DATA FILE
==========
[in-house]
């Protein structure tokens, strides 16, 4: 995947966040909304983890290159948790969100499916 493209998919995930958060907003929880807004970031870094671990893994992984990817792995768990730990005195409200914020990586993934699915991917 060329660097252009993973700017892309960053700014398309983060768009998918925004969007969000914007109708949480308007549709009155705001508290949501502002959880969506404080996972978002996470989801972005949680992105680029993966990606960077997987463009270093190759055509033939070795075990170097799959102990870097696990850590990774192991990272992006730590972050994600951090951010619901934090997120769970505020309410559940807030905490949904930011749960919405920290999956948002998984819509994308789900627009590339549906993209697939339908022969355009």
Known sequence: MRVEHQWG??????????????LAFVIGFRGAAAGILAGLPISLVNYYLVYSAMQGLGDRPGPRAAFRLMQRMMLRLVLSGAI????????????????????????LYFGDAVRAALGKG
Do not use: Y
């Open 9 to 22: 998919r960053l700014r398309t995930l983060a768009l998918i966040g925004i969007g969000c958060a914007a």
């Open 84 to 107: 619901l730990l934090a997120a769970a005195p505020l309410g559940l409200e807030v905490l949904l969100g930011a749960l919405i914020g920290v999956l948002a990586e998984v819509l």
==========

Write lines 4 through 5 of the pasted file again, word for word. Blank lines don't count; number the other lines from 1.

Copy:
Do not use: Y
């Open 9 to 22: 998919r960053l700014r398309t995930l983060a768009l998918i966040g925004i969007g969000c958060a914007a």